As in any civil war, there are family members on both sides. Such was the case in the English Civil Wars of the 1640’s. Households were split into Royalists and Parliamentarians. Strategic Halls and Castles were sieged by one side, and then by the other. While we don’t often advertise our screw-ups, we can all draw some lessons from such dysfunctional examples– which brings us to the story of Captain Thomas Steele, Governor of the Norman-built Beeston Castle in 1643, as recorded in The History of the Ancient Parish of Sandbach, Co. Chester. by J. P. Earwaker, 1860. p.17-18. The lessons: 1) civil war is the worst kind, and 2) whether folks are in the military or any other enterprise, they tend to do as they were **trained** to do.
“Beeston Castle was taken on the 13th Dec. 1643, as thus narrated in Burghall’s Diary– ‘On Wednesday morning a little before day, Dec. 13, Capt. Sandford, (who came out of Ireland) with eight of his firelocks, crept up the steep hill of Beeston Castle and got into the inner ward and took possession there. It must needs be done by treachery, for the place was most impregnable. Capt. Steel, who kept it for the Parliament, was accused, and suffered for it, but it was verily thought he had not betrayed it wilfully, but some of his soldiers proving false, he had not courage enough to withstand Sandford or try it out with him. That which made much against Steel was, he took Sandford down to his chamber, where they dined together, and much beer was sent up to Sandford’s men, and the Castle upon a short parley, delivered up; Steel and his men having liberty to march with their arms and colours to Nantwich; which accordingly he did but as soon as he was come into the town, the soldiers were so enraged against him, that they would have pulled him in pieces had he not been got away presently and clapped into prison.’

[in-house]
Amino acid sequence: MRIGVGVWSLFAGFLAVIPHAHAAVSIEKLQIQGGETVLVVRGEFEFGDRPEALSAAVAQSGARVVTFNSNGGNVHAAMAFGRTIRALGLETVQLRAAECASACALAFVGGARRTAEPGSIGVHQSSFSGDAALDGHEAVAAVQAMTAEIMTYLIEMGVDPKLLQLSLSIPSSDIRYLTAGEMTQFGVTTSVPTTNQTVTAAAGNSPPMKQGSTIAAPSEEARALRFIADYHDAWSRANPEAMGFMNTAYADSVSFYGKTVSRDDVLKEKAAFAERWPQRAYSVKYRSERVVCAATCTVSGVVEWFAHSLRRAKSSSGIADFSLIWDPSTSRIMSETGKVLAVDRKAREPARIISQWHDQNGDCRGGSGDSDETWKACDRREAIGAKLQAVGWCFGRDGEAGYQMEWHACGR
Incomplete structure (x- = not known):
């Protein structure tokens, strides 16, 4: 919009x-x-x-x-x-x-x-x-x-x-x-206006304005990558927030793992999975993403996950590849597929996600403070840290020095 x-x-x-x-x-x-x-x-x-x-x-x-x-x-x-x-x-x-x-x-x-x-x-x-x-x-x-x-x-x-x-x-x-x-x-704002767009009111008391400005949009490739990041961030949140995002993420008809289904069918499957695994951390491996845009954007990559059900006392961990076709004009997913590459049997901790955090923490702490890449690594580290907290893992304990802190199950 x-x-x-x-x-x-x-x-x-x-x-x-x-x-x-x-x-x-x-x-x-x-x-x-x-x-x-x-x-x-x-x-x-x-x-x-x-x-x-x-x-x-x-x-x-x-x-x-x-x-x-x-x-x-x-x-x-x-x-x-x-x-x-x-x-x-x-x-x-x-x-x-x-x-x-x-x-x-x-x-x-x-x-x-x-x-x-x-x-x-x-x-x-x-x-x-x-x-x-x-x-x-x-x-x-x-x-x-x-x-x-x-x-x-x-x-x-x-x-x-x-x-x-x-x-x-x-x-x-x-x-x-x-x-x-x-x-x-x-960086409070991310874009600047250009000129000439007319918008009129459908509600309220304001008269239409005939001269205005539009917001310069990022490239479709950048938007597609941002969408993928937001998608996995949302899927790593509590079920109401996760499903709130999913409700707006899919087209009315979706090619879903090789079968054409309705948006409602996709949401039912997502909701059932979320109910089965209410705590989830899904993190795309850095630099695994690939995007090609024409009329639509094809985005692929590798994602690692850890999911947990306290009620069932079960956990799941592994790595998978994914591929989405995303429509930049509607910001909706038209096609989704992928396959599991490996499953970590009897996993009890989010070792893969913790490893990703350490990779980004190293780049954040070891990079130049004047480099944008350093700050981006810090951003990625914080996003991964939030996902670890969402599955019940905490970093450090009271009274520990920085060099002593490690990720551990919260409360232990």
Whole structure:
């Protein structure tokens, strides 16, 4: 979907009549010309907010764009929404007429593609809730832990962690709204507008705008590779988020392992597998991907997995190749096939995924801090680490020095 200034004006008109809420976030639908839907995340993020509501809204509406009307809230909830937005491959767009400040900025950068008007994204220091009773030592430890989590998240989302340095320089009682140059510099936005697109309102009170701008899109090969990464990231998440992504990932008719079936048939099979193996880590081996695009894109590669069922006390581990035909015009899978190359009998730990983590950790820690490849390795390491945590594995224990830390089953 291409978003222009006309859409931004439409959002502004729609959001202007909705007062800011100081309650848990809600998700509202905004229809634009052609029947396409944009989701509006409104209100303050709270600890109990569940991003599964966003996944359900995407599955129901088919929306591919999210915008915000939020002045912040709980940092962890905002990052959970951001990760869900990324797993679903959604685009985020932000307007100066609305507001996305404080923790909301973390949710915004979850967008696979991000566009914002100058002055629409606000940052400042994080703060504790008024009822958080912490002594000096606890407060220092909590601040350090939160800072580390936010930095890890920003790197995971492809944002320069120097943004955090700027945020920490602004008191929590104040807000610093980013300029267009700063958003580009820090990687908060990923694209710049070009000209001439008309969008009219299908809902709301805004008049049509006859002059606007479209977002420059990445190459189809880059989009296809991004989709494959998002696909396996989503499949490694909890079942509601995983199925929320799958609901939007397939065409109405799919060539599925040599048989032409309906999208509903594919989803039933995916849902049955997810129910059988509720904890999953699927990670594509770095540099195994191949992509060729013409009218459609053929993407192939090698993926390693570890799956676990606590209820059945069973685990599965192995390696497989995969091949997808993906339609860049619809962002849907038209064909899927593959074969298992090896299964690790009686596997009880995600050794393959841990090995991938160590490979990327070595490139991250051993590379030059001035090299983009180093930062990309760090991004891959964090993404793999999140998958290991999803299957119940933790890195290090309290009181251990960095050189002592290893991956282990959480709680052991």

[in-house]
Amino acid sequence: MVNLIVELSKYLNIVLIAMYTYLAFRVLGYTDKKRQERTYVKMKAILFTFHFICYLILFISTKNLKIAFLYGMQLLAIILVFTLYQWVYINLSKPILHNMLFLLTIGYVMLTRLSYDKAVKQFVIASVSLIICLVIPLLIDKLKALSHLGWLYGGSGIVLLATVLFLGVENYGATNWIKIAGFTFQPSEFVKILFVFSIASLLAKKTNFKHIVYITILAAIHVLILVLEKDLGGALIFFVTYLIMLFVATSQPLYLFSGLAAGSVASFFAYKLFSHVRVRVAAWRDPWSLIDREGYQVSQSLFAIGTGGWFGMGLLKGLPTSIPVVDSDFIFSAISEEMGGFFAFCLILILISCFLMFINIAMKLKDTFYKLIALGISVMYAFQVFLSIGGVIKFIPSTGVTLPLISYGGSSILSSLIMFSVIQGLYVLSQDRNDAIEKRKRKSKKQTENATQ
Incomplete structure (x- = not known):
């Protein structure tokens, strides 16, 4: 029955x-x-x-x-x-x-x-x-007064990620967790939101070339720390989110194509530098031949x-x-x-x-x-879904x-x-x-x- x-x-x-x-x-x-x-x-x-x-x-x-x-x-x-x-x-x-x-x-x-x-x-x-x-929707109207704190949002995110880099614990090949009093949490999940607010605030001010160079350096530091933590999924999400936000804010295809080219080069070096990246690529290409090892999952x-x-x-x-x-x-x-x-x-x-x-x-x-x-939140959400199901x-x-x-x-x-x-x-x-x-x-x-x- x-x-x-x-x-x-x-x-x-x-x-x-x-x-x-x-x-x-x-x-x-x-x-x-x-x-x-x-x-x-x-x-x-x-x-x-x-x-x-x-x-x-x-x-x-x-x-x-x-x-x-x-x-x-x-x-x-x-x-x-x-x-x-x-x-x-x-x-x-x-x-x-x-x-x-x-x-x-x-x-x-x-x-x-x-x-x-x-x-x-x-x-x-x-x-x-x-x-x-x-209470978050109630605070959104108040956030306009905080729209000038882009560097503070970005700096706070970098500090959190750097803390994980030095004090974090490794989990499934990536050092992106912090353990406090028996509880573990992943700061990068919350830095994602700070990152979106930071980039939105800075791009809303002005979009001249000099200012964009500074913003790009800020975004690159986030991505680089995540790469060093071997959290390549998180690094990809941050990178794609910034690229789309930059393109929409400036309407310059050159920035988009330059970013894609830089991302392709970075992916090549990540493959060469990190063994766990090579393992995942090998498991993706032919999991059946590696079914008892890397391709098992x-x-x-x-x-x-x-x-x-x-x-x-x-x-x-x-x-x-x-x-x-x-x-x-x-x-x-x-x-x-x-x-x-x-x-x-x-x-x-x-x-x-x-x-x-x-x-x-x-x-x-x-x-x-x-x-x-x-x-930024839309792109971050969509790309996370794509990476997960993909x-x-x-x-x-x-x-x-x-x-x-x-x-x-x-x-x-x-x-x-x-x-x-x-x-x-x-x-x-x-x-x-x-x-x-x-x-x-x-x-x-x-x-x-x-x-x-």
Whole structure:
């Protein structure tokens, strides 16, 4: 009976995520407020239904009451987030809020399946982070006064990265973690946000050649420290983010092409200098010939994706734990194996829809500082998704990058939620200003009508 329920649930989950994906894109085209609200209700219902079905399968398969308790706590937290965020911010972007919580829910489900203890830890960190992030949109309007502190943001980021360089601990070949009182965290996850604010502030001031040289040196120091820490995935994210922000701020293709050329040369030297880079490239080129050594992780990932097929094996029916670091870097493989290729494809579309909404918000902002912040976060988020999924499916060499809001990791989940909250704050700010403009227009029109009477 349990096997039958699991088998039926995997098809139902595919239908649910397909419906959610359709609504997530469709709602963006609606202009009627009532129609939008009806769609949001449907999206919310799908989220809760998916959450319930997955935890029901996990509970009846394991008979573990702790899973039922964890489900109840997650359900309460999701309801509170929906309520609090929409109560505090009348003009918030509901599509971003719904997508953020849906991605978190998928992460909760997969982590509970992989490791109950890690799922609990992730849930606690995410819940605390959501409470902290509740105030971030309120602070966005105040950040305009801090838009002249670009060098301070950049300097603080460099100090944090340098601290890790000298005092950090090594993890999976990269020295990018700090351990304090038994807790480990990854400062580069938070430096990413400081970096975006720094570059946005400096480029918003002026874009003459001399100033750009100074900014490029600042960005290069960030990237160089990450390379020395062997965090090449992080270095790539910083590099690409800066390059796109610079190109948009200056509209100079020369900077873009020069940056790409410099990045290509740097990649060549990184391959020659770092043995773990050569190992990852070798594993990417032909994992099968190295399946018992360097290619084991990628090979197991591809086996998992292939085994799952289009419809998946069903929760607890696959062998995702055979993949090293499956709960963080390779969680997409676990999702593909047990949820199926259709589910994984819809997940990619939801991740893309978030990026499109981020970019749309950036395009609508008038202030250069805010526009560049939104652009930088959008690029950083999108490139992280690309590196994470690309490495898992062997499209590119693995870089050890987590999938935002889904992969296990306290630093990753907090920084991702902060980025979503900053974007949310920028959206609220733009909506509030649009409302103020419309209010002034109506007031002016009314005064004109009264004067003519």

The following is from Burghall’s Diary– ‘Upon Monday Jan. 29 [1643-4], Tho. Steel, late Governor of Beeston-Castle, who before had judgment to dye was shot to death in Tinkers-Croft [Nantwich] by two soldiers, who shot him one in the belly and t’other in the throat, who was immediately put into a coffin and buried in the churchyard. He made confession of his sins…, he prayed a great while, and to the judgment of charity died penitently.’
He is said to have lived in Sandbach, at a “moated house” called Giddy Hall, but this place, if it ever existed, is now pulled down. There is a Giddy Lane, near Abbeyfield.”